Robotic rovers – the wheeled vehicles decked out with solar panels and cameras – have been slowly racking up mileage on the Martian surface since 2004, when Spirit and Opportunity dropped in for a look around. If you’re counting, there are five rovers there now: Sojourner, Opportunity, Spirit, Curiosity, and Perseverance.

So on Monday, when a 4-pound helicopter named Ingenuity rose 10 feet from the Martian surface and hovered for 39 seconds, it was only appropriate that the latest robotic feat was captured on video by Perseverance. Robots look after each other, with some human assistance.

In a week that started with closing arguments in the trial of former Minneapolis police officer Derek Chauvin in the killing of George Floyd, and on the heels of the pandemic claiming its 3 millionth victim worldwide, a brief escape to the red planet was a bright spot in science.

There has been healthy debate in some circles about whether robots might be the best option for space exploration. The ongoing experiments on Mars continue to support those who believe these machines are more versatile and certainly more expendable than astronauts. Robots seem to do remarkably well on the Martian surface where the toxic atmosphere and extremely high and low temperatures would kill an unprotected human in seconds.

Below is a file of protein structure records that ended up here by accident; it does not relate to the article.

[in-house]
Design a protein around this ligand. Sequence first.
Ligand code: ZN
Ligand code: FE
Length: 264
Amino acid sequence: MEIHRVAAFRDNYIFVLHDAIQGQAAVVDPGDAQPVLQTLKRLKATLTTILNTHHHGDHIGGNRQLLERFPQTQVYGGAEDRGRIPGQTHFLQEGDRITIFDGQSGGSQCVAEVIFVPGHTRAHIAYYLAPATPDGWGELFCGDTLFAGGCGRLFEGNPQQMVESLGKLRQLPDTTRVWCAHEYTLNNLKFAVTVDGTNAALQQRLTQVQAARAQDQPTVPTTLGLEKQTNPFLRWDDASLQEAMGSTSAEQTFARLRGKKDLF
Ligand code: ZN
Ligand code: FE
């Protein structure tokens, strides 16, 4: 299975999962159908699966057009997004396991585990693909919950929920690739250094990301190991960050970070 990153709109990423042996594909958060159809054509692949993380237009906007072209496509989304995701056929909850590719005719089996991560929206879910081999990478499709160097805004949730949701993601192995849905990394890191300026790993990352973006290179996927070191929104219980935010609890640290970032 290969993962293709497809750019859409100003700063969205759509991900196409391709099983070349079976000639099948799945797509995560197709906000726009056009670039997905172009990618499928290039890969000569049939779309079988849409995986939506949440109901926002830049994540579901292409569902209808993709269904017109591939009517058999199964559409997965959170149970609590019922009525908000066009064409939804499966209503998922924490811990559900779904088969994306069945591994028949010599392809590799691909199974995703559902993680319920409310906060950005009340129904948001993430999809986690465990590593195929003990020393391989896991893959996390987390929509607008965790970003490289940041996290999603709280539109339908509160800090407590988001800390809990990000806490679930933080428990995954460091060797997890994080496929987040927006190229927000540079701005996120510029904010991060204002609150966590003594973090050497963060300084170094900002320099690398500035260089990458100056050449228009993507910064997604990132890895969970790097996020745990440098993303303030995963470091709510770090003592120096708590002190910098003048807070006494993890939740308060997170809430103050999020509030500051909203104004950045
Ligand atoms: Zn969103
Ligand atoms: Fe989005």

Some folks in older age brackets can recall the days when space travel had the whole world glued to grainy TV screens showing the early space walks and moon landings.

We’ve come a long way, with spacecraft now traveling outside our solar system and robots poking round the surface of our nearest planetary neighbor.

Ingenuity’s first brief flight in the thin Martian atmosphere opens another door for humans to – remotely, at least – continue to look around.

“A whole new way to explore the alien terrain in our solar system is now at our disposal,” astronomer Daniel Brown of Nottingham Trent University in England told the Associated Press.

It’s good to tune in to find out what human ingenuity has created and what the Ingenuity copter might discover next.



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